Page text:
The vast majority of them are in a new city, and they all have to learn new offensive and defensive schemes, new plays and new terminology. They're working for new coaches, and have to get used to new teammates.
In the locker room at Valley Ranch last weekend during the Dallas Cowboys' rookie mini-camp, many of the young newcomers looked a little shellshocked. Most had never seen as many media. All were trying to impress head coach Wade Phillips and owner Jerry Jones, who has owned the Cowboys as long as some of the players have been alive. They got a post-practice speech from Michael Irvin, who had been a star wide receiver for the Cowboys when they were growing up.
But while some stared into TV cameras or pored over their playbooks, two rookies sat in front of neighboring lockers, laughing with each other.
Coaches and players alike usually will say that no position group requires a level of chemistry and comfort between its players like the offensive line. With that in mind, it's possible that undrafted free agents Mike Tepper (6-5, 320) and Chet Teofilo (6-4, 309) could have a leg up on other offensive line hopefuls in the pursuit of a roster spot.
Tepper and Teofilo were teammates at the University of California, Tepper at left tackle and Teofilo at both guard positions. They were roommates on the Golden Bears' road trips. They're close, but when their names weren't called during the NFL Draft, they never plotted to sign as free agents with the same team.
"Chet and I had zero conversations about where we were going," Tepper said. "But I'm super-excited to be playing with him again." (Teofilo and Tepper are two of three former Golden Bears trying to make the Dallas roster as rookies: wide receiver Verran Tucker also played at Cal.)
Teofilo and Tepper each had other options.
Teofilo drew interest from the Miami Dolphins and Denver Broncos. Tepper said he fielded inquiries from "eight to 10 teams," including the Carolina Panthers, San Diego Chargers and Seattle Seahawks.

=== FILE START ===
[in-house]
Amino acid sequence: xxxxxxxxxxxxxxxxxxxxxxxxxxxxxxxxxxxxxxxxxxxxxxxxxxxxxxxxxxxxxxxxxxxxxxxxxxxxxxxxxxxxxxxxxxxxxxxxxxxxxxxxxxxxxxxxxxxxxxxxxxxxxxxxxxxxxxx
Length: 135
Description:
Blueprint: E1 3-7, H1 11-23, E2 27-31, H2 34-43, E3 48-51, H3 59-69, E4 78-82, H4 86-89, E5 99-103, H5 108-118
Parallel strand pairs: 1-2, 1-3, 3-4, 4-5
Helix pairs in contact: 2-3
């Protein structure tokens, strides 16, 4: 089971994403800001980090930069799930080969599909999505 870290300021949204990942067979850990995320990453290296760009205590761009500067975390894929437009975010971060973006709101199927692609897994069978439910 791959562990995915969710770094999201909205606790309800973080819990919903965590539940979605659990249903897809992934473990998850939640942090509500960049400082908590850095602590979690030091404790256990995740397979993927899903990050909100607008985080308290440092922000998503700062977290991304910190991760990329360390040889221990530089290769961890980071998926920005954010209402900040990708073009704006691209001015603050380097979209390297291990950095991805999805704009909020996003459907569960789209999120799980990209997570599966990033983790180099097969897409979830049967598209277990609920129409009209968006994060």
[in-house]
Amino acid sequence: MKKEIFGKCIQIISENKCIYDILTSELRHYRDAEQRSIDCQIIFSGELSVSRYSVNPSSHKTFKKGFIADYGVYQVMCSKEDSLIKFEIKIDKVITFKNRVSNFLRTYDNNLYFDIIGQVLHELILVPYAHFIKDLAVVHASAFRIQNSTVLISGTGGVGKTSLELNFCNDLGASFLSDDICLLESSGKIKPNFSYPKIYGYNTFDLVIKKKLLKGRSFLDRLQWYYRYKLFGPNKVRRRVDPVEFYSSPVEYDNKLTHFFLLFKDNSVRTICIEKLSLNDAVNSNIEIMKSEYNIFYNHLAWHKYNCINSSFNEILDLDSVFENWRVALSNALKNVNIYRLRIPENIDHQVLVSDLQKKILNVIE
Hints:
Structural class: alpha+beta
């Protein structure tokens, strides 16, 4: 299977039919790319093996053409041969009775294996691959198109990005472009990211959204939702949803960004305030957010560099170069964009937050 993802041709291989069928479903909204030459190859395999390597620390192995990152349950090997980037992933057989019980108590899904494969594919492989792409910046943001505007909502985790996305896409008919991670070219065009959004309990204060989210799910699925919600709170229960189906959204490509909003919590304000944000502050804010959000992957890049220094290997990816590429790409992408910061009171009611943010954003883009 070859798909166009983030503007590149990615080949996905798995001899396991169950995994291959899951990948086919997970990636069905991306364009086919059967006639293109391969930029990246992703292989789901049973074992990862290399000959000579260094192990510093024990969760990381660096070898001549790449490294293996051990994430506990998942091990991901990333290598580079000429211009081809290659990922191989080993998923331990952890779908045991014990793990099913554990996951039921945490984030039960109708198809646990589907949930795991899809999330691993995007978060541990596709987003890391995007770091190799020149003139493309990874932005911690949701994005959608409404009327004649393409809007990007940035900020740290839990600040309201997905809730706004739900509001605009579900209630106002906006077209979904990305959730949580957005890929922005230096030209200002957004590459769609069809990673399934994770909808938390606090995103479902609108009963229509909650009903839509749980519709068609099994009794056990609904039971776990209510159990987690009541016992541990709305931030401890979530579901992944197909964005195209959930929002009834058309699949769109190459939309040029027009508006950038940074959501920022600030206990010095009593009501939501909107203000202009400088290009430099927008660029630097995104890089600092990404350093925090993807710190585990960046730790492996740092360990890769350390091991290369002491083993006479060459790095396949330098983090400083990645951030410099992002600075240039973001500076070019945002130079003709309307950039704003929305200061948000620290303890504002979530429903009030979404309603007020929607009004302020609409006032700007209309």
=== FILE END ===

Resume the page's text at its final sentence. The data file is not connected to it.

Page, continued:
"For me, I saw this as the best opportunity to make the team," Tepper said. "I saw it as the best fit."
Tepper isn't the only one who thinks he has a chance; owner Jerry Jones interrupted a post-workout briefing with the press to mention that "there are a couple of offensive linemen here who might be able to help us. Here's one right now," he said, slapping Tepper on the shoulder pad as he walked by.
Teofilo said he chose Dallas because of the Cowboys' history of developing offensive linemen who were drafted late or signed as undrafted free agents, and said his versatility should help him in his pursuit of a roster spot.
"I can play any of the interior line spots," Teofilo said. "I played both guard spots and both tackle spots at Cal, and I can play center, too, if they need me to."
Tepper was granted a sixth year of eligibility at Cal after he was unable to play in 2005 because of a broken fibula he suffered when he was hit by a car, and then missed the 2008 season because of a pectoral injury.
Healthy again, Tepper played in 13 games for the Golden Bears last season, and like Teofilo, said his versatility should help him, as well.
"I can play both tackle positions," he said. "I'll play wherever they ask me to — I'll even kick. Don't laugh — I played soccer for 10 years. I can walk outside right now and hit a 40-yard field goal."
Cal Bears to Cowboys?
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